UK installations of domestic solar photovoltaic and other renewable power systems soared to their highest level since the start of the government’s feed-in tariff (FIT) scheme.
According to the latest figures from energy regulator Ofgem, more than 248,000 microgeneration installations have been registered under the scheme since it began in April 2010 with a total capacity of over 1 GW (1090 MW).
Ofgem’s quarterly newsletter reveals that despite– or perhaps in a rush to meet – the government’s deadline for the cut in FIT rate from 43.3p to 21p per kWh at the beginning of March, more than 40% – or around 100,000 – were registered in the first three months of this year.
The rate of installations has picked up markedly over the past six months as the furore over the government’s attempt to cut the FIT rate has raged, culminating in the largest quarterly increase in the scheme’s history.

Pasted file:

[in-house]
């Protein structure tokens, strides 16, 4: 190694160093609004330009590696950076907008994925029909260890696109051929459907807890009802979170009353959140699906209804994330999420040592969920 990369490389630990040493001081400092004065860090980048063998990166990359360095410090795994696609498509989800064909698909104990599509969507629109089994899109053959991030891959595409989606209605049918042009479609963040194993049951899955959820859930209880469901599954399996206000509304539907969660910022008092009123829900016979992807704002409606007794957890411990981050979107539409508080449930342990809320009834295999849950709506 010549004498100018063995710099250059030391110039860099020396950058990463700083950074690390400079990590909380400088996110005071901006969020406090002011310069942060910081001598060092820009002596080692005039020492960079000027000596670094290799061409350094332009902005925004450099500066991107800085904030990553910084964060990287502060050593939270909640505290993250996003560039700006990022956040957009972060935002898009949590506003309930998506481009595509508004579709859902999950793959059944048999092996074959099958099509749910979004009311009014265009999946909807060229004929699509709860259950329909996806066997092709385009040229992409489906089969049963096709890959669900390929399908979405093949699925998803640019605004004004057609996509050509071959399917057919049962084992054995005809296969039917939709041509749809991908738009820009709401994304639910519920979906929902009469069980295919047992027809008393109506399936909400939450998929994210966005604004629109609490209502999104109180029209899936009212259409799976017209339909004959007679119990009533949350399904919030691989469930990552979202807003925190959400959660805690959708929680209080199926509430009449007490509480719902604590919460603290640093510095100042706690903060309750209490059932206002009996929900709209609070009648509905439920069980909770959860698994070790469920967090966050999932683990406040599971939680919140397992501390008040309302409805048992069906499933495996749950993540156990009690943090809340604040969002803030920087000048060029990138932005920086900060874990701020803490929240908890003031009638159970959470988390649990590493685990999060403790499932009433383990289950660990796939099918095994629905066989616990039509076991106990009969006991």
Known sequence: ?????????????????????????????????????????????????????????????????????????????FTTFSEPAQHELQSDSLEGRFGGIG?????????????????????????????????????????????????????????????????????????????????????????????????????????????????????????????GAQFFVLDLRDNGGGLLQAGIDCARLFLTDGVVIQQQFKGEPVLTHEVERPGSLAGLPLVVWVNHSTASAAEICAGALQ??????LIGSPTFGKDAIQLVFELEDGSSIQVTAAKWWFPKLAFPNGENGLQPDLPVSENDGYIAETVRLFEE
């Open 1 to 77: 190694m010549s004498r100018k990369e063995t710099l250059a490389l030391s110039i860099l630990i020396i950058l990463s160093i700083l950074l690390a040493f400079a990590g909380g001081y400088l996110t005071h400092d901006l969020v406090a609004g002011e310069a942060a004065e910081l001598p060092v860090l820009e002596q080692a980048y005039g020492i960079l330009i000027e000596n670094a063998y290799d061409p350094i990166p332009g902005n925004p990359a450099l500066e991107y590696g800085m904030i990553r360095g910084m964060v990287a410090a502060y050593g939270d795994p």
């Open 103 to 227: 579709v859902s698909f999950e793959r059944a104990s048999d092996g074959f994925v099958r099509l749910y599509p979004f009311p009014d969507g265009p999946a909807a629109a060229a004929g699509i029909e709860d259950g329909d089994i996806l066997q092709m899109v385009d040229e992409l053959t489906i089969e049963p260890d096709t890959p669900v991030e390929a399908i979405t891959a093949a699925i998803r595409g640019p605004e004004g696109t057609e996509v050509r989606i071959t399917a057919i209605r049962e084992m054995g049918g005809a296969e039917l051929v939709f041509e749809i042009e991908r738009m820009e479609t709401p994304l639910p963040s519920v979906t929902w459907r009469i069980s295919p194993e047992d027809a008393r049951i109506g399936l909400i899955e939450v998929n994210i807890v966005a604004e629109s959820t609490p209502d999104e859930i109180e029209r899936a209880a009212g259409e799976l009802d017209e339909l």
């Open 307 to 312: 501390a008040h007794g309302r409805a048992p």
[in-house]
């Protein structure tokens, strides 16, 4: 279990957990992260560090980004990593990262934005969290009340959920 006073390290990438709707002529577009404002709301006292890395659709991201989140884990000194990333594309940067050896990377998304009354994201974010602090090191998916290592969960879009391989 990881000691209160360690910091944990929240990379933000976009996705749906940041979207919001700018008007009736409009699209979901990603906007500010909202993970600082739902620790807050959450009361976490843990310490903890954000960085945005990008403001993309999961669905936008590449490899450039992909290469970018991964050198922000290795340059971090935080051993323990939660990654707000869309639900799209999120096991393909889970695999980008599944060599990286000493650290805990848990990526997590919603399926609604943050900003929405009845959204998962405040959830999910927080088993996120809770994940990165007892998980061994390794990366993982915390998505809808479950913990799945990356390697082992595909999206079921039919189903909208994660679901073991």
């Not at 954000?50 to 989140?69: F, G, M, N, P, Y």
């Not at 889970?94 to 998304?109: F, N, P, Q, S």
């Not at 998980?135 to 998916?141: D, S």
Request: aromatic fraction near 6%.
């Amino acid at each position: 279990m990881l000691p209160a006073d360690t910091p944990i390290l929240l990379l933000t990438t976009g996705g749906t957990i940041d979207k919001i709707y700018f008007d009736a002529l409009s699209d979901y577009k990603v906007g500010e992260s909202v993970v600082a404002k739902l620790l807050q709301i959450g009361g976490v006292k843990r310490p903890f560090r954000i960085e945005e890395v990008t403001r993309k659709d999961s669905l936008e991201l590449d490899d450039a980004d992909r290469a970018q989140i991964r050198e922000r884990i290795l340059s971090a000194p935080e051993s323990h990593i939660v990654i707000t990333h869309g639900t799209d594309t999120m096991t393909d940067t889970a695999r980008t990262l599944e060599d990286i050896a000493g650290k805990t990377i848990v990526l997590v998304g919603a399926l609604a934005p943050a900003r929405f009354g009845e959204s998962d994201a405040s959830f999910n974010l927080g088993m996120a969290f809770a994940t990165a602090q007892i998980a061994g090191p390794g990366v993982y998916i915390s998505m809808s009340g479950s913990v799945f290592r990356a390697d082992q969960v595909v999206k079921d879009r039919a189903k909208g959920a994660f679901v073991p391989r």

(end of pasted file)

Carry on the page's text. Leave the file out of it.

Ofgem’s figures also reveal that solar photovoltaics make up 99% of all new installations, with only 330 wind development and 26 hydro schemes registered between January and March this year. Solar photovoltaics now account for some 92% of installed capacity overall.
There are now a total of over 2400 wind installations under the scheme, 350 micro-combined heat and power installations and still just 16 anaerobic digestion developments.
FIT payments of nearly £47 million were made for the first quarter of this year, up almost £11 million on the previous figure.
While the government, no doubt, will see the figures as a vindication of the decision to cut FIT rates, the industry is still warning of a collapse in the market as further cuts to the rate are implemented.
UK government promises ‘certainty’ with fresh solar FIT cuts in August (25-May)
UK government to delay further cut to solar feed-in tariff (22-May)
UK solar sales slump in wake of feed-in tariff cut (4-May)
Article source: http://www.energyefficiencynews.com/i/5238/